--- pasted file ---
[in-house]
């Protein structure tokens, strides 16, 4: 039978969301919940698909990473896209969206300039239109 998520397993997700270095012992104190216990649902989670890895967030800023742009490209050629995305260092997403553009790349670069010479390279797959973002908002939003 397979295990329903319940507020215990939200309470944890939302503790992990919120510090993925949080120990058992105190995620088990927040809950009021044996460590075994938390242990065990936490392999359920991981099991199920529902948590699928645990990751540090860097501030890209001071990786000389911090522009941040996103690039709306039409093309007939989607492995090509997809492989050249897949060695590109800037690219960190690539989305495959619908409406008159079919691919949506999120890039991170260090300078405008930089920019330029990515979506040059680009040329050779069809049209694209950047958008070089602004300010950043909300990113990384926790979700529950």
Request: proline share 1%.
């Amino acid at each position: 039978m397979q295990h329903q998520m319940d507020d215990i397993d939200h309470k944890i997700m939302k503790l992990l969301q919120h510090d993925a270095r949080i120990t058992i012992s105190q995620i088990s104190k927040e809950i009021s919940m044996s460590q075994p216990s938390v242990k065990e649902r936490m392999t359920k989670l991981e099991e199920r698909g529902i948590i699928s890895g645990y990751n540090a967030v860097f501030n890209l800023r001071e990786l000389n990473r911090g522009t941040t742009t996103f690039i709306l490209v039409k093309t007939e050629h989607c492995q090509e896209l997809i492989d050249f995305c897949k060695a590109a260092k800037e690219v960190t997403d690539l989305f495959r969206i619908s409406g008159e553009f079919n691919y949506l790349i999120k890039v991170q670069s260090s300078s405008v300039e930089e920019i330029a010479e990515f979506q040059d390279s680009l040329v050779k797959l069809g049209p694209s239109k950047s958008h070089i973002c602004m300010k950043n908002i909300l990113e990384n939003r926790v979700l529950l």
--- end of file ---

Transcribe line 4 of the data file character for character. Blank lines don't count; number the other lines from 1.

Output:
């Amino acid at each position: 039978m397979q295990h329903q998520m319940d507020d215990i397993d939200h309470k944890i997700m939302k503790l992990l969301q919120h510090d993925a270095r949080i120990t058992i012992s105190q995620i088990s104190k927040e809950i009021s919940m044996s460590q075994p216990s938390v242990k065990e649902r936490m392999t359920k989670l991981e099991e199920r698909g529902i948590i699928s890895g645990y990751n540090a967030v860097f501030n890209l800023r001071e990786l000389n990473r911090g522009t941040t742009t996103f690039i709306l490209v039409k093309t007939e050629h989607c492995q090509e896209l997809i492989d050249f995305c897949k060695a590109a260092k800037e690219v960190t997403d690539l989305f495959r969206i619908s409406g008159e553009f079919n691919y949506l790349i999120k890039v991170q670069s260090s300078s405008v300039e930089e920019i330029a010479e990515f979506q040059d390279s680009l040329v050779k797959l069809g049209p694209s239109k950047s958008h070089i973002c602004m300010k950043n908002i909300l990113e990384n939003r926790v979700l529950l």